Media Contact: Dr. Mike Walden, 919.515.4671 or firstname.lastname@example.org
By Dr. Mike Walden
North Carolina Cooperative Extension
Few economic issues are bigger or more controversial than the national debt, as we’ve seen by the recent negotiations in Washington. By the time you read this a deal on the debt may have been struck. Even so, questions about the debt will likely linger and be debated.
Here I provide some answers to basic questions about the debt. Unfortunately, economists can’t always provide “the” answer, so in these cases I’ll give alternatives — alternatives that provide plenty of thinking and deciding by you!
What Is the Difference Between the Debt and the Deficit? Debt and deficit are often used interchangeably, but they are different. The deficit is what the federal government borrows in a year — similar to what a person might put on his credit card in a year. The debt is the current total amount of borrowing by the federal government that hasn’t been repaid — comparable to a person’s outstanding balance on a credit card.
How Big Is the Debt? The total national debt owed to non-government agencies and government agencies (such as Social Security) alike is $14.5 trillion. But just as a person with more income can afford to carry more debt, so too can a country. Therefore, economists like to express the size of the national debt as a percentage of total national income (technically called “gross domestic product”). This amount is now 96 percent, second-highest to the rate during World War II. Eleven other countries, including Japan and several in Europe, have higher debt to income percentages.
Can We Afford the Debt? When we ask if a person can afford their debt, we look at the periodic payments — like a monthly mortgage or car payment — and see what chunk (percentage) they take of the person’s income. We can do the same for the national debt. Interest owed on the national debt now takes about 2 percent of national income. Part of the reason for the relatively low percentage is the very low level of interest rates today. If interest rates rise down the road, then so too will this percentage.
Why Has the Debt Increased? This is one of the most contentious questions about the national debt because it pits those who focus on spending against those who emphasize taxes. An examination of the data show both spending and taxes have contributed to the rising borrowing. In 2007, the last year before the recession, federal spending as a percent of national income was 19.6 percent, slightly lower than the 20.7 percent average of the 1990s. Federal revenue as a percent of national income was 18.5 percent, exactly the same as the average for the 1990s. So there was a deficit of 1.1 percent of national income.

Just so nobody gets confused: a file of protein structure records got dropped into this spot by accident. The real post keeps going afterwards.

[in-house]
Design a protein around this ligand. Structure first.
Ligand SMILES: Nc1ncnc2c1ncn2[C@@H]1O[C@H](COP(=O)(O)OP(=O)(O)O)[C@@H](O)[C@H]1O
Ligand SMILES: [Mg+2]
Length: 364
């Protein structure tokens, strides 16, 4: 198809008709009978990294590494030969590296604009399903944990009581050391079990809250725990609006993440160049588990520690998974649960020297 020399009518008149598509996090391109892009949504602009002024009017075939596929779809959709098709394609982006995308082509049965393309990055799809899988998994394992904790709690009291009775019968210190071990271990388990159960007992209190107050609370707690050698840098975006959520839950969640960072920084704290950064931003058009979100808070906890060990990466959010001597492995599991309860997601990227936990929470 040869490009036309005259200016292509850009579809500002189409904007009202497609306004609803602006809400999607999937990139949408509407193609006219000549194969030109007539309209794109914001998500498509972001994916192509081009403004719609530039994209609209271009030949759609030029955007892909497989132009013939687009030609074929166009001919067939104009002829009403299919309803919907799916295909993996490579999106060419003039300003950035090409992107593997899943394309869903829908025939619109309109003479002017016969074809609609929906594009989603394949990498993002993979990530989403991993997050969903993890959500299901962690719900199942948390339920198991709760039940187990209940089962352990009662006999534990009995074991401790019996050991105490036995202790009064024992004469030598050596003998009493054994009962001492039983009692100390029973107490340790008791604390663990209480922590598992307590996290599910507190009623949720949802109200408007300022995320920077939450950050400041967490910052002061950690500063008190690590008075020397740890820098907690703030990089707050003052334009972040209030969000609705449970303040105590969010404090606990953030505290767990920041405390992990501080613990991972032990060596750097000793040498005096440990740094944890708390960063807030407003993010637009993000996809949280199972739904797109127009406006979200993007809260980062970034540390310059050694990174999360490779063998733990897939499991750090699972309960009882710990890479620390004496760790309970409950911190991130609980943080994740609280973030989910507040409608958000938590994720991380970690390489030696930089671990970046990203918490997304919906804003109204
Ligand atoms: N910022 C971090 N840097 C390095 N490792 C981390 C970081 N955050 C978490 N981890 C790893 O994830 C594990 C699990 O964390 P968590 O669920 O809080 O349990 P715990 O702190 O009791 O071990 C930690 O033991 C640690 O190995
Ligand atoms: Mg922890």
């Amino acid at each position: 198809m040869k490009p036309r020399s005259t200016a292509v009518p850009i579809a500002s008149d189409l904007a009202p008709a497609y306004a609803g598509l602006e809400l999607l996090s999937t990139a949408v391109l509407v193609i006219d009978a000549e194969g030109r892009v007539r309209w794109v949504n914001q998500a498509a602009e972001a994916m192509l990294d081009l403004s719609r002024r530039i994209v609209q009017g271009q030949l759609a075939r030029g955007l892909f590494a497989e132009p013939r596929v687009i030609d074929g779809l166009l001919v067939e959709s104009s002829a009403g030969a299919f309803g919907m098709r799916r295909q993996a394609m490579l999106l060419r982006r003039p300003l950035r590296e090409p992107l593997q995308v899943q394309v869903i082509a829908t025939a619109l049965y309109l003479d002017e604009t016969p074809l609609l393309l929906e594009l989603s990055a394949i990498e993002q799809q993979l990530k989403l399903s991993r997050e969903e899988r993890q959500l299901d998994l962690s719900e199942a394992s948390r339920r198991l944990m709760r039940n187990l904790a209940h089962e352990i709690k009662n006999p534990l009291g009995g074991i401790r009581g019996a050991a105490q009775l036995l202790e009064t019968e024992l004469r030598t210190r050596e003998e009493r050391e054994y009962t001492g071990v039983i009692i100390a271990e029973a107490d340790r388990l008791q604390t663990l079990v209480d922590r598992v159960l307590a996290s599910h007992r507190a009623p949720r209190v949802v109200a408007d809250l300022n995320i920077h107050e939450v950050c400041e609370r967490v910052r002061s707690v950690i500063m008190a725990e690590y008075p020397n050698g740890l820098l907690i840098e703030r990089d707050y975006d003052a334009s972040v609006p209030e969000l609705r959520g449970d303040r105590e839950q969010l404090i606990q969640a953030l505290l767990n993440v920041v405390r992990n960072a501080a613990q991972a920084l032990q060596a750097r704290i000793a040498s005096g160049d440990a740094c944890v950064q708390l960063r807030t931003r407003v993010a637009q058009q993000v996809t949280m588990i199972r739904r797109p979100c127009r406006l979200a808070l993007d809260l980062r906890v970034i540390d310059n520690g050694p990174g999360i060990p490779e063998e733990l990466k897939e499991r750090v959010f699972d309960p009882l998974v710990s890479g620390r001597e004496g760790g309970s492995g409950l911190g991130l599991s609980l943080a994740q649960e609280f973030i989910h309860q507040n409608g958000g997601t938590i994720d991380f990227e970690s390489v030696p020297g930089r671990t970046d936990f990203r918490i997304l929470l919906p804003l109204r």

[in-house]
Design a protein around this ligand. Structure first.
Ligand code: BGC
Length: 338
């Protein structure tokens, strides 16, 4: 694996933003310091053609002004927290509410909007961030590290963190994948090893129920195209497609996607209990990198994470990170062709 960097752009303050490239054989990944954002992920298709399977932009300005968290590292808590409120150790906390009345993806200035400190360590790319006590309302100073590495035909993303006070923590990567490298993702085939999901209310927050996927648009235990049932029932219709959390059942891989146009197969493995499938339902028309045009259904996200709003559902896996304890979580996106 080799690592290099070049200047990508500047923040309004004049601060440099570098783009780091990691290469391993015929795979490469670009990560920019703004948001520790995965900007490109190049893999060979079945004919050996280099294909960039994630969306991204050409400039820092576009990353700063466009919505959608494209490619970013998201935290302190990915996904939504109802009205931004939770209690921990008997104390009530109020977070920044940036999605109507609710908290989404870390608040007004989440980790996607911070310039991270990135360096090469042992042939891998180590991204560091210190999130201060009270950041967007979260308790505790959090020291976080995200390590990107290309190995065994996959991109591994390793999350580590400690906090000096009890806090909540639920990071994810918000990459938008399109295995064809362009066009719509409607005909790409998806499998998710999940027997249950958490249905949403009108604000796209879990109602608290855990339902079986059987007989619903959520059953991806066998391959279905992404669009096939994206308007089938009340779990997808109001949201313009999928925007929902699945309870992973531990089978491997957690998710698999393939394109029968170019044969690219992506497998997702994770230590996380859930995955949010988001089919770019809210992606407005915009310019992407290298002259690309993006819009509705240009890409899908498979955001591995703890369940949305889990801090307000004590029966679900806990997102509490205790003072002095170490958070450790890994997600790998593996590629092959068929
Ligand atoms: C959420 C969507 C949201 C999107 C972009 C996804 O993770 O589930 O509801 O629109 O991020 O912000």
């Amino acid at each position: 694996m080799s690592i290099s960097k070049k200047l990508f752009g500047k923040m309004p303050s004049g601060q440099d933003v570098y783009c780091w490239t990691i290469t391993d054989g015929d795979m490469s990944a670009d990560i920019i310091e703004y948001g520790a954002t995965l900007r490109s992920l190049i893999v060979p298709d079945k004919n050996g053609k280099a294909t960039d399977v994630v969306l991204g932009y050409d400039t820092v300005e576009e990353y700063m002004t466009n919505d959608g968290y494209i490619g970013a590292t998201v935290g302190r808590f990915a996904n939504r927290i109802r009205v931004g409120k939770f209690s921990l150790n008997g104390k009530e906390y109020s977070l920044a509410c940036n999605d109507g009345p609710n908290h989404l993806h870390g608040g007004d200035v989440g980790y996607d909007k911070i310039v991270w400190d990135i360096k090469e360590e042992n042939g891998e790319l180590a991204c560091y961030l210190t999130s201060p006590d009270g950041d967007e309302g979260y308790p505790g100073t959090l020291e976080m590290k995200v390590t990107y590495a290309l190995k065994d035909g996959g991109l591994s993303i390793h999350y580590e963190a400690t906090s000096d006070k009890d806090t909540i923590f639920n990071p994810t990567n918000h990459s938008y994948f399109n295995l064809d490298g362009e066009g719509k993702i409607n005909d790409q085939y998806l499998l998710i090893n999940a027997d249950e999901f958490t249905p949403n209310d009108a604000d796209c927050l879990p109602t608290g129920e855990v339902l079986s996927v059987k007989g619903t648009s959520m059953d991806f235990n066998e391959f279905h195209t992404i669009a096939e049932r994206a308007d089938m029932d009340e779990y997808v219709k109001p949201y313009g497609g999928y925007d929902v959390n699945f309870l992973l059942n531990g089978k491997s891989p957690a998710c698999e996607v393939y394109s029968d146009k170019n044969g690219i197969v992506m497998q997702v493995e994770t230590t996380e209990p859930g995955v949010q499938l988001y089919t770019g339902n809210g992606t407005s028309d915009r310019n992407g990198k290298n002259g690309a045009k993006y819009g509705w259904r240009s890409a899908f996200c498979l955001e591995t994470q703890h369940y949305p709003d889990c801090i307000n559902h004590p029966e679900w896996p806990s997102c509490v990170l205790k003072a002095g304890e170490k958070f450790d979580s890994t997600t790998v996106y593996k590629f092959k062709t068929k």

Then the Great Recession hit. Typically during recessions, relative government revenues fall as businesses and households earn less. Also, relative government spending increases as more people qualify for public assistance (food stamps, Medicaid, etc.) and the government tries to spur the economy with new spending (examples are the TARP — Troubled Asset Recovery Program — of 2008 and the stimulus plan of 2009). In 2009, federal revenue as a percent of national income had dropped to 14.9 percent, while federal spending as a percent of national income had risen to 25 percent, thereby jumping the deficit to 10.1 percent of national income. And a bigger deficit adds more to the national debt.
So, Should Spending Be Cut or Taxes Increased to Deal with the Debt? This is the big question and is the one that groups in Washington have been arguing about for years. It’s also one that economists can’t give a clear answer on, either because we disagree among ourselves on the impacts of tax and spending changes or because part of the answer is based on subjective valuations of what is most important.
Let me try to stake out the different positions and their reasoning. One group wants to increase federal revenues to between 20 percent and 22 percent of national income. They believe federal spending will naturally rise over time, primarily due to the growing retirement population and its impacts on Social Security, Medicare and Medicaid. This group is not against some paring of federal spending, but they don’t think balancing the budget can be done all on the spending side due to the roles they see for the government in areas like health care, education and income assistance.
Another group wants to tackle the problem entirely on the spending side and not increase federal taxes. Indeed, this group thinks the current uncertainty about possible tax increases may be motivating businesses not to invest and hire. So they believe the economy will be helped if taxes are not increased. They also think future federal spending can be restricted through a combination of adding incentives to motivate frugality, privatizing some federal functions and reducing programs or benefits for some targeted groups.
Virtually everyone agrees on one thing: doing nothing about the national debt is not an option. Indeed, if left alone, some projections suggest the national debt as a percentage of national income could double to 200 percent in 25 years. Of course, the big question is, what to do? Hopefully, we will decide, and soon!
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Dr. Mike Walden is a William Neal Reynolds Professor and North Carolina Cooperative Extension economist in the Department of Agricultural and Resource Economics of N.C. State University’s College of Agriculture and Life Sciences. He teaches and writes on personal finance, economic outlook and public policy. The College of Agriculture and Life Sciences communications unit provides his You Decide column every two weeks. Previous columns are available at http://www.cals.ncsu.edu/agcomm/news-center/tag/you-decide
Related audio files are at http://www.cals.ncsu.edu/agcomm/news-center/category/economic-perspective/